Wednesday, May 17, 2017

Labour's vision for our future environment.

Well, I'm finally up and running again !  Given that's it's destined to rain all day, and heavily at that at times, I thought I'd take the opportunity to get something "in print". Whilst there's much I could dwell on, given that I've had almost three weeks at Spurn Nature Reserve in East Yorkshire,  I thought it sensible to start afresh and concentrate on current issues rather than commit entries to what, after all, is "historical material".  And so I took a peek at the Labour Manifesto launched yesterday and examined what they had to say about the environment and nature.

Rather than being thrown into paroxysms of rage and frustration that really did ruin the day, I have to say there are commitments expressed that I was heartened by, at least from  a very quick read.  It's always easy to nit pick, to find omissions and seeming inadequacies but, on this occasion, the thing that impressed me was the specificity of certain undertakings. The trick is in the delivery of course !

In broad terms these are some  ( I'm sure there are others ) of the declared policies which caught my eye.

  • fully embrace the goals of the Climate Change Act. Over the next 10 years plant 64 million broad-leaved trees via schools and our communities and reinstate the Department of Energy and Climate Change.
  • fully implement EU environmental protection regulations including the Birds and Habitat Directive, matters relating to air pollution  and to refuse any Brexit deal that reduces environmental standards.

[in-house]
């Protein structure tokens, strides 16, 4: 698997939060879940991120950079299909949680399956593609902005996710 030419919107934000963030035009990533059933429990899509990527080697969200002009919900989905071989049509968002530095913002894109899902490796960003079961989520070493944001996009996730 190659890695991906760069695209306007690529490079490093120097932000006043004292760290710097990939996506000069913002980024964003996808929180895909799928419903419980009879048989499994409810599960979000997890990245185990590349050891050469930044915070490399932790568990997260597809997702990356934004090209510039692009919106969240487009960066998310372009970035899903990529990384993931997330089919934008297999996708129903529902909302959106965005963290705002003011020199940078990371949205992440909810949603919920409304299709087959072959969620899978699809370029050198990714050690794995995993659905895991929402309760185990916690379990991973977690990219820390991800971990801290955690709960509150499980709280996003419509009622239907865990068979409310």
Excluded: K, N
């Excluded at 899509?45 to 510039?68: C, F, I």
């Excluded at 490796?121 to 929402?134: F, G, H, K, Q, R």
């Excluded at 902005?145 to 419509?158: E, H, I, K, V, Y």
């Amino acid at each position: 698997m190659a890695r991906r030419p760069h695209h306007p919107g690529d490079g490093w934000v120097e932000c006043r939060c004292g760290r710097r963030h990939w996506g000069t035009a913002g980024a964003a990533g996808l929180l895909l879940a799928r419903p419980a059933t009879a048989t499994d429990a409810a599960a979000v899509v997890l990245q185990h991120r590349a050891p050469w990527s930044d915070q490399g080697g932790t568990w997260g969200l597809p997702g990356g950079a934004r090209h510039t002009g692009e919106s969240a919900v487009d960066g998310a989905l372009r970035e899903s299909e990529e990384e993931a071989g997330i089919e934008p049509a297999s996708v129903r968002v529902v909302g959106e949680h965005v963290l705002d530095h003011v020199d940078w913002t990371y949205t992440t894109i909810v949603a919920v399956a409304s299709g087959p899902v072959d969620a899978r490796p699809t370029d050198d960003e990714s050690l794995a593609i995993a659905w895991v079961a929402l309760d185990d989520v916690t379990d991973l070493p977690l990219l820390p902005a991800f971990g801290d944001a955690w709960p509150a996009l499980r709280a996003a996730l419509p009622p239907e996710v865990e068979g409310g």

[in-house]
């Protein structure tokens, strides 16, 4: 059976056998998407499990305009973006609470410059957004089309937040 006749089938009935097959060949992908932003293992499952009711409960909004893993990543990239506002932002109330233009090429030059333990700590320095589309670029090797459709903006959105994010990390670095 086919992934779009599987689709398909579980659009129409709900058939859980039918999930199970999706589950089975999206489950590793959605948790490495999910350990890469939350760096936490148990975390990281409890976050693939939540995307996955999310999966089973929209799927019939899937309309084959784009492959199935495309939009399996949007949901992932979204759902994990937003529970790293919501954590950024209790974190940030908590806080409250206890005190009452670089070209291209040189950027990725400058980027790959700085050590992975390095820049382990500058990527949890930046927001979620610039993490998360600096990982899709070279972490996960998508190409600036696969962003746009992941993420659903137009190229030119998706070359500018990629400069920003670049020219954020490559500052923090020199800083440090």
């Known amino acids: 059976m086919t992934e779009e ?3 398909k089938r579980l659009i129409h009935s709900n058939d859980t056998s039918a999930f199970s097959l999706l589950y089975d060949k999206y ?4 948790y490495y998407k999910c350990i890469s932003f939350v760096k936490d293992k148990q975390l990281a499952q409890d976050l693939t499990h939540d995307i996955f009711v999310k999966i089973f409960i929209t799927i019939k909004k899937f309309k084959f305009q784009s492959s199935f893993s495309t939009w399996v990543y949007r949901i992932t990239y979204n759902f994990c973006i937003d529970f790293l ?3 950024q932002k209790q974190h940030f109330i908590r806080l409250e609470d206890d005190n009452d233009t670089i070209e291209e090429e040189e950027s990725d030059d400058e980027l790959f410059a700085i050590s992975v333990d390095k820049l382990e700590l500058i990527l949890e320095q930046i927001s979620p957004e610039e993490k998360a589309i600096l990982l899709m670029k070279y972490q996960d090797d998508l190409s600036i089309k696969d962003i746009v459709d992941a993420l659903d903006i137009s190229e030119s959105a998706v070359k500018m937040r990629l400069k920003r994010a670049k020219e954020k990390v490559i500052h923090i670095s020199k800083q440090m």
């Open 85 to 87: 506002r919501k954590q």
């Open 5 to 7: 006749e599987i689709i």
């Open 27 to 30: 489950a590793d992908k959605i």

• introduce a long-term plan that stops the loss and begins the recovery of nature
  • strengthens environmental protections in farming and fishing
  • create corridors of nature that better connect protected nature sites and thus provide pathways for wildlife
  • use a precautionary principle to protect the environment and people from harm  - NOT a pay to pollute approach which wrecks our planet.    

Now I'm sure there'll be those among us who feel the above is inadequate, is unnecessary, is irrelevant at this time and so on, but it does put specific ideas on paper that allows us , the voters . to evaluate their importance to us , as individuals, and to our nations' heritage.  There are bound to be omissions ( protective measures for the marine environment for example ) but I was impressed to see some specificity coming forward following an era of recent government when the environment has been seriously short changed, if not ignored completely . The combined efforts of Paterson, Truss and Leadsom have not particularly impressed should they represent an indication of future commitment ! 

For those of us who are concerned about nature and the environment it seems necessary for us to look carefully at the declared commitments of the various parties in this particular respect and , then, set alongside the prominent issues of the day that affect us all, decide on balance who should be trusted with power. As a nature conservationist these commitments appeared to address many of the issues which have exercised my mind in recent times. Do they go far enough? Can they be delivered ? Will they be held in sufficient priority and not open to compromise ?  Who knows ?  However, the more immediate step is 
looking at what other parties have on offer .

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